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Pediatric Sleep Medicine

Sleep has very important effects on growth, healing, immune function, cardiopulmonary function and metabolic activities. Sleep in humans is a biologic function as important as breathing. Restricted sleep in adults may manifest as excessive daytime sleepiness; however, in children it often takes the form of mood and behavioral disturbances such as hyperactive behavior, poor impulse control, irritability, grouchiness, inattention, impaired memory and ability to reason, which results in significant social and learning problems. The effects of sleep and loss of sleep impact everyone significantly, particularly children. The latest guidelines from the American Academy of Sleep Medicine (AASM), endorsed by the American Academy of Pediatrics (AAP), recommend the following minimum and maximum hours of sleep per day for each age for optimal health:

  • Ages 4-12 months:12-16 hours (including naps)
  • Ages 1-2 years 11-14 hours (including naps)
  • Ages 3-5 years:10-13 hours (including naps)
  • Age 6-12 years9-12 hours
  • Age 13-18 years:8-10 hours

Keep in mind that sleep requirements can vary by individual. When comparing two children of the same age with the same bedtimes, one child may feel rested upon waking, while the other child may require more sleep in order to perform well in school and avoid the adverse effects of sleep deprivation such as behavior problems and daytime sleepiness.

Similarly, the effects of inadequate sleep in children can vary by individual and manifest in different ways, as no two children are the same.

Here are some statements about your child’s sleep that signify adequate, normal sleep in children. With regard to your child’s sleep, if you agree with all of the following statements, it is a good sign that your child’s sleep is on track. If your child’s sleep demonstrates disagreement with one or more of the following statements, a sleep study may be necessary to rule out a sleep disorder as the cause.

  • Your child falls asleep within 15-20 minutes of lying down to sleep at bedtime.
  • Your child regularly sleeps a total of hours according with the recommended hours for their age in a 24-hour period.
  • While in bed, your child’s sleep is continuous.
  • Your child wakes up feeling refreshed after a night of sleep.
  • Your child feels alert, energetic and content during the waking hours.
  • Your child does not have any disturbing or out of the ordinary behavior during sleep such as mouth breathing, snoring, breathing pauses, restlessness, gasping or increased work of breathing.

What can I do to promote healthy sleep in my child?

You need to practice good sleep hygiene to promote healthy sleep in your child. Sleep hygiene are the habits and practices that are conducive to sleeping well on a regular basis. The following are good sleep hygiene practices that promote a restorative sleep:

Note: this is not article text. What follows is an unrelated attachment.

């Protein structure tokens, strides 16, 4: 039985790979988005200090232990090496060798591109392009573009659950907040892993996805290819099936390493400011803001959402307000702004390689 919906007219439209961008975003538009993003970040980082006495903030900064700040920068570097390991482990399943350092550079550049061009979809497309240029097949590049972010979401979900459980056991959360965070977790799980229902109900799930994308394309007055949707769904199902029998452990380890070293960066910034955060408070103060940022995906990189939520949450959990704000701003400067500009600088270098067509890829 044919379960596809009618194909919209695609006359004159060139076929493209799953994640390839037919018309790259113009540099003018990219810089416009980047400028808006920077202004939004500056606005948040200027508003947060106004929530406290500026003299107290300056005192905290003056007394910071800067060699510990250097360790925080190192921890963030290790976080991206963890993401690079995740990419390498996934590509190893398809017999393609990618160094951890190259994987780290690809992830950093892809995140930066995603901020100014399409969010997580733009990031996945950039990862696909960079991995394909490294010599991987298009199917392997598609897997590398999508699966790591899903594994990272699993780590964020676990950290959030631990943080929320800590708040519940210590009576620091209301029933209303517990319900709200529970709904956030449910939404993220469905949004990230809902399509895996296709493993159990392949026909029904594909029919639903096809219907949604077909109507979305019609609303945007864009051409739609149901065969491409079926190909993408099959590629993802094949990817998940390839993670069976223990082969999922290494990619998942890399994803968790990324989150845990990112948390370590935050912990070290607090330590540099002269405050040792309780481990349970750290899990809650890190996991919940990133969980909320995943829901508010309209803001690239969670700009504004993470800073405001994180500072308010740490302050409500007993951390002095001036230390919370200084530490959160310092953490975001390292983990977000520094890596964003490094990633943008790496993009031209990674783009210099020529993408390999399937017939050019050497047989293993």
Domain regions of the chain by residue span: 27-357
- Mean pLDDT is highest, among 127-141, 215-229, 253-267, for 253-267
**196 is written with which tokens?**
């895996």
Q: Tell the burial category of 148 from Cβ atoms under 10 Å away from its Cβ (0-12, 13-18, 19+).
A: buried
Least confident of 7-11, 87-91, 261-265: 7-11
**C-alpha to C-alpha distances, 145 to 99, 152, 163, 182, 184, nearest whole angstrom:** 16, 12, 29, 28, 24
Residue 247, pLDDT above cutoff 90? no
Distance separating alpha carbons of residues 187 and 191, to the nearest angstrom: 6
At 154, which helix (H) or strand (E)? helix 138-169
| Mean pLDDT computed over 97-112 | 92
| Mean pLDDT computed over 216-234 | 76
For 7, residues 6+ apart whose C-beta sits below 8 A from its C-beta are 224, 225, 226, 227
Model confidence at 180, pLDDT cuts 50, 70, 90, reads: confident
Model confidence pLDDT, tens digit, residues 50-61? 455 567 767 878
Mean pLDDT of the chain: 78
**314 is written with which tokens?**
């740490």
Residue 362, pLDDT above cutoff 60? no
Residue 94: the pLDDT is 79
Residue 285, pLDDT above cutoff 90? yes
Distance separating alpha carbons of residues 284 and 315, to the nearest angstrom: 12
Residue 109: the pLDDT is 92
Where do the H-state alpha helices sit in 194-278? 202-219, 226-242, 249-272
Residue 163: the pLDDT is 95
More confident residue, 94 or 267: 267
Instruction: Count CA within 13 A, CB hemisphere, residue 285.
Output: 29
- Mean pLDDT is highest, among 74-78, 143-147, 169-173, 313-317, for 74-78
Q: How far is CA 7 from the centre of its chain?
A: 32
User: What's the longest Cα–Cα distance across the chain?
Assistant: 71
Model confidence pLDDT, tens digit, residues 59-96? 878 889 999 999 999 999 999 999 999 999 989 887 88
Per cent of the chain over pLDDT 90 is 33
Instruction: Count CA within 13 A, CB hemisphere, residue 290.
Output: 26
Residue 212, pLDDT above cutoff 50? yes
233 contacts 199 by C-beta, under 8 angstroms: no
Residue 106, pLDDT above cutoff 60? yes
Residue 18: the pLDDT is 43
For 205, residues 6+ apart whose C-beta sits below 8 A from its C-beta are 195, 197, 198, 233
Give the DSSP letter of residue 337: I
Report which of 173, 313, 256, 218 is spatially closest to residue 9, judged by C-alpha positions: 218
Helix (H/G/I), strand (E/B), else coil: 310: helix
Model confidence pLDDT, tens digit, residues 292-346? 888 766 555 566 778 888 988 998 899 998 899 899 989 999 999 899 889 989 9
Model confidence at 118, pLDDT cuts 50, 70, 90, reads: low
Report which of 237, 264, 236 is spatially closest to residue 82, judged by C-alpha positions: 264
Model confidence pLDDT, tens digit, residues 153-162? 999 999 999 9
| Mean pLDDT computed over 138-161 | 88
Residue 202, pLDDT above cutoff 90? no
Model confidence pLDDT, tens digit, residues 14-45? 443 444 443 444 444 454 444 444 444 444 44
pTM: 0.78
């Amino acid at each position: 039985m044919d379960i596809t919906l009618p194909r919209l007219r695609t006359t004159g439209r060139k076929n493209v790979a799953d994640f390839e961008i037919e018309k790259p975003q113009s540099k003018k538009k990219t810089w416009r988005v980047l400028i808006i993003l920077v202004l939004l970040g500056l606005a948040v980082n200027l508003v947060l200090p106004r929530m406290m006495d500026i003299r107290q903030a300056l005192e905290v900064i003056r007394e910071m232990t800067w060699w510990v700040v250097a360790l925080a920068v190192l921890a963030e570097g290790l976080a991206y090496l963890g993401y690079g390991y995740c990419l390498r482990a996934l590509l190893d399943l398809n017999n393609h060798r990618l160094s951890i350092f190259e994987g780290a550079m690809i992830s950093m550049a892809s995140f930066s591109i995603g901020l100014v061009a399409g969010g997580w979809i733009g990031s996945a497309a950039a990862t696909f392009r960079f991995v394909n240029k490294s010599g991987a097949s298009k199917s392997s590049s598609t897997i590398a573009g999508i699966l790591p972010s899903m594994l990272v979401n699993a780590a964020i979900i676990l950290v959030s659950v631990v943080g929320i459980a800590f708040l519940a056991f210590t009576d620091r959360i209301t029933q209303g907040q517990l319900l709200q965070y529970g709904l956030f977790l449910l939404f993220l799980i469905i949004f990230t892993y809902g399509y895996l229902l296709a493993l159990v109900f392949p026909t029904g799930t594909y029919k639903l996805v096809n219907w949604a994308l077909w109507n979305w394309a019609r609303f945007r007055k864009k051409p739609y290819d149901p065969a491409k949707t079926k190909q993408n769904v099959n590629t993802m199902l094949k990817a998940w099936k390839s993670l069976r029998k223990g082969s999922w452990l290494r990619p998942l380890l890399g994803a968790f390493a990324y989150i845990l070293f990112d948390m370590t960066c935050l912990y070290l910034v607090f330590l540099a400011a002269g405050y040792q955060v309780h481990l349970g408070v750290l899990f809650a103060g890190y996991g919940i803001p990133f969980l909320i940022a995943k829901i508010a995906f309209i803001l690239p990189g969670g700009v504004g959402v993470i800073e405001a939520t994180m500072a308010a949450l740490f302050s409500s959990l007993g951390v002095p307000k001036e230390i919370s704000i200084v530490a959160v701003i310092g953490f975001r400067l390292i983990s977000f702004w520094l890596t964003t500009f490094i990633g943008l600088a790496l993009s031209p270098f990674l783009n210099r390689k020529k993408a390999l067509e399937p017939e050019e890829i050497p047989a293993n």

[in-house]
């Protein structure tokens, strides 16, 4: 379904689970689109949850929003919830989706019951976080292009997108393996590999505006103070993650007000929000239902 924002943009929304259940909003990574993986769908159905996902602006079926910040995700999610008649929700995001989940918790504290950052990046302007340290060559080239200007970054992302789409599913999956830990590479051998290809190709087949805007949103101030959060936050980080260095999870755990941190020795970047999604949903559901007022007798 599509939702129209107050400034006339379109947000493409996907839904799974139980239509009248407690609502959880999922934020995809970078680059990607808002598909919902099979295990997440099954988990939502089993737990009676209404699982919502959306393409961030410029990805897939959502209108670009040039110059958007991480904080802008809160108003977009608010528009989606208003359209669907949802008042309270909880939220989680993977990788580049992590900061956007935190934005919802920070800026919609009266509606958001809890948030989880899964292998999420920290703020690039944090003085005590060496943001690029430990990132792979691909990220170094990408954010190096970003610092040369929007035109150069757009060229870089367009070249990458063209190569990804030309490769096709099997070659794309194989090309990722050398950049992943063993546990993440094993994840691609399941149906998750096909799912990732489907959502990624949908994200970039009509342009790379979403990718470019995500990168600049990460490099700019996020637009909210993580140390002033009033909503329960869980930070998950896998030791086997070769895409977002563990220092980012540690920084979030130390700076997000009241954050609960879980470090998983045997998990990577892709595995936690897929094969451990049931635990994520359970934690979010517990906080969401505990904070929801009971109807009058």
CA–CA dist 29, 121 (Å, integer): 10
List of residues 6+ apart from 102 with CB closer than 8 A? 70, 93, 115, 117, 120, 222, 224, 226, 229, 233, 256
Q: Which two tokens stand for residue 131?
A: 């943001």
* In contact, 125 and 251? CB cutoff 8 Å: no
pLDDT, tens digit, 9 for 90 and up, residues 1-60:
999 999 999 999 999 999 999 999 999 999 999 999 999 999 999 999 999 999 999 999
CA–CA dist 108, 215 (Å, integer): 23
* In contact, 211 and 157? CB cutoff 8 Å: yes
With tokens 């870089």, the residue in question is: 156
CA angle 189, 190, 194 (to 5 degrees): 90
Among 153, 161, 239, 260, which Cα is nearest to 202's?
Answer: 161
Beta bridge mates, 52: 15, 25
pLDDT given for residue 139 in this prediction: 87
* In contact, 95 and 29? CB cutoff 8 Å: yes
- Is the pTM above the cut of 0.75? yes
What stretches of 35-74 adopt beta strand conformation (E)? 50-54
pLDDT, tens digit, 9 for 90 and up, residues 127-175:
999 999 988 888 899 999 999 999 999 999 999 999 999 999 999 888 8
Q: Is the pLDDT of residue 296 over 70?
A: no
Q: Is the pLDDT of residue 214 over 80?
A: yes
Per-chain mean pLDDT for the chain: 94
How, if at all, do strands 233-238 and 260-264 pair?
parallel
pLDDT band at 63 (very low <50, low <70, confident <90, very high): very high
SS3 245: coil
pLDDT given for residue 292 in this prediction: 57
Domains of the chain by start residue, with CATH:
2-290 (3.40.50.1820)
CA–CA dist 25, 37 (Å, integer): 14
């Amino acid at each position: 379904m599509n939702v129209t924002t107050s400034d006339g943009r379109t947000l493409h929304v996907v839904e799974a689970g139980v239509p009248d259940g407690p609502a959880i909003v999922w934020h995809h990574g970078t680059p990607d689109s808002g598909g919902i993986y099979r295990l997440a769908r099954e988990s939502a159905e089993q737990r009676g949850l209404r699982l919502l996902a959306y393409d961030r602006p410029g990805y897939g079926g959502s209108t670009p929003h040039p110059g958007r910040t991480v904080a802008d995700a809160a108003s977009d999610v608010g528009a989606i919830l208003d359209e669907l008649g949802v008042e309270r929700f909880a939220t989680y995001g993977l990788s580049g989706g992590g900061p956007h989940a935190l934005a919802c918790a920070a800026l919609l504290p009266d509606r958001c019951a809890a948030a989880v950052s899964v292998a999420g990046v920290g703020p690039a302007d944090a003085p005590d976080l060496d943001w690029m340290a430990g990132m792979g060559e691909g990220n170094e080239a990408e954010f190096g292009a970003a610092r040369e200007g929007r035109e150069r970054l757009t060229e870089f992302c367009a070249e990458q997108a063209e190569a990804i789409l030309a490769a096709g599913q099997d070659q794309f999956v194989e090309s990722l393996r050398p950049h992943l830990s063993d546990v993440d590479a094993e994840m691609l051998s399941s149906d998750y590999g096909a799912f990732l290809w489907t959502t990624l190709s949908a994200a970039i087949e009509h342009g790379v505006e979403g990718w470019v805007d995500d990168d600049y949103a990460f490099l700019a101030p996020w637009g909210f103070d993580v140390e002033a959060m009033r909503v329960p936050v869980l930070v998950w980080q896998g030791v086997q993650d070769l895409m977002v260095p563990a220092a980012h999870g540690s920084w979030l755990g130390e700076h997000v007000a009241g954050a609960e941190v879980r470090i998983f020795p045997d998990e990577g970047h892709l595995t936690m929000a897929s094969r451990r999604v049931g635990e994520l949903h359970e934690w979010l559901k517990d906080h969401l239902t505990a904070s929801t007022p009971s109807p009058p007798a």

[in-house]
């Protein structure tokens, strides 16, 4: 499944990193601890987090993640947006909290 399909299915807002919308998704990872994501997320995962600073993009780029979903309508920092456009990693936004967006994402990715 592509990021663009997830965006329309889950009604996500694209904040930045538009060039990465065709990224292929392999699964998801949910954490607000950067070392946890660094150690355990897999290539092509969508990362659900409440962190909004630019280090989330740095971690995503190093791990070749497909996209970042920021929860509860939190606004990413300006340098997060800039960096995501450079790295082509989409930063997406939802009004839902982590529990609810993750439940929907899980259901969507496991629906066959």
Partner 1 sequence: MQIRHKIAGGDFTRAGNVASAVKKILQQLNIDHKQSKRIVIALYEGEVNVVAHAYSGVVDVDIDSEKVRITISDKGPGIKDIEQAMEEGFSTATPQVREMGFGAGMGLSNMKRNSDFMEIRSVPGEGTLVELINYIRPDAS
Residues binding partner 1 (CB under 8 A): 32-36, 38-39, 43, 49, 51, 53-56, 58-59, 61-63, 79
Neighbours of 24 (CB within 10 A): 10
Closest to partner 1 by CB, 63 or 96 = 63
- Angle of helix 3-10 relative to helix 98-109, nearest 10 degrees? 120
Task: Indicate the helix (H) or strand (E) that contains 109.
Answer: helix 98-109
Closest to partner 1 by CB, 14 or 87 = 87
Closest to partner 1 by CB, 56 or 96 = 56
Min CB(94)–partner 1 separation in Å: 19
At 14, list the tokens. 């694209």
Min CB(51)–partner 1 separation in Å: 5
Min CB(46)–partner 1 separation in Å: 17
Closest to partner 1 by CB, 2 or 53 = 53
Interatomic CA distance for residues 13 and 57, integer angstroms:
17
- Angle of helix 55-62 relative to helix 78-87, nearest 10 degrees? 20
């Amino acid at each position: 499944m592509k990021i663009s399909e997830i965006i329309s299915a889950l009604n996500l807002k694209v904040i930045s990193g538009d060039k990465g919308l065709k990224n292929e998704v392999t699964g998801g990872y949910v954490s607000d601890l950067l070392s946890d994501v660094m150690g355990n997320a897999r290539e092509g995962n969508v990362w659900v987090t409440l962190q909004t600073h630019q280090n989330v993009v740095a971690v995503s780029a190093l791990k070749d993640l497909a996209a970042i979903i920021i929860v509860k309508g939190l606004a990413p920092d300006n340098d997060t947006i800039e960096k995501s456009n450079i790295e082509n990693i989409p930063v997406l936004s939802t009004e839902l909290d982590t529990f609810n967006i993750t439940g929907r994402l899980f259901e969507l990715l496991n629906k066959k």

• Keep regular bedtimes, even on weekends, that allow your child to sleep the recommended hours of sleep for their age.
  • Promote the habit in your child to use the bedroom just to sleep. Avoid using the bedroom as a playroom. Avoid use of electronics in the bedroom.
  • Limit the use of electronic devices one hour prior to bedtime as blue light from screens suppresses melatonin release. Melatonin is the hormone secreted by the pineal gland in the brain in response to darkness at the end of the day. Melatonin promotes sleep at the beginning of the night. Light of any kind can suppress the normal secretion of melatonin; however, the blue light from electronic devices does so more powerfully. As a result, your child will have a hard time falling asleep at night when they are permitted to use electronic devices late at night.
  • Avoid food and drinks that contains caffeine and sugar in the afternoon and evenings such as soda and energy drinks. Caffeine is a stimulant that acts on the central nervous system and keeps your child awake. Sugar intake before bedtime can have a stimulating effect, leading to restlessness and reduced deep sleep during the night.
  • Limit your child’s activity and exercise close to bedtime, as exercise stimulates the central nervous system and keeps your child awake.
  • Keep the same routines every night prior to bedtime.
  • Keep electronics out of your child’s bedroom, including video games, televisions, computers and cell phones.
  • Keep the bedroom comfortable, cool and dark at night.
  • Encourage your child to sleep independently.
  • Avoid unnecessary excitement at bedtime, such as scary movies or stories that may cause emotional distress in your child. Taking the time to relax and wind-down after the events of the day encourages restful sleep.

What are the signs of sleep problems in my child?

Signs of sleep problems in children include:

  • Snoring, particularly if it is associated with gasping, restlessness, mouth breathing, breathing pauses during sleep and bed-wetting may indicate obstructive sleep apnea.
  • Excessive daytime sleepiness. Taking naps in school-age children.
  • Poor school performance
  • Hyperactive behavior and decreased attention span
  • Falling asleep in class
  • Behavioral problems
  • Depression, which can be associated with insomnia and/or irregular sleep
  • Awakenings during the night
  • Headaches

If you are suffering from a sleep disorder, ask to be referred to UT Health East Texas by your physician or call 903-531-8079 to begin the referral process.

Providers For Pediatric Sleep Medicine

Rodolfo Amaro Galvez, MD
Pulmonology (Lung Disease) - Pediatric, Sleep Medicine

Ketan Patel, MBBS, MD, FCCP
Pulmonology (Lung Disease), Critical Care Medicine, Sleep Medicine

Carla Wang-Kocik, MD
Pulmonology (Lung Disease), Critical Care Medicine, Sleep Medicine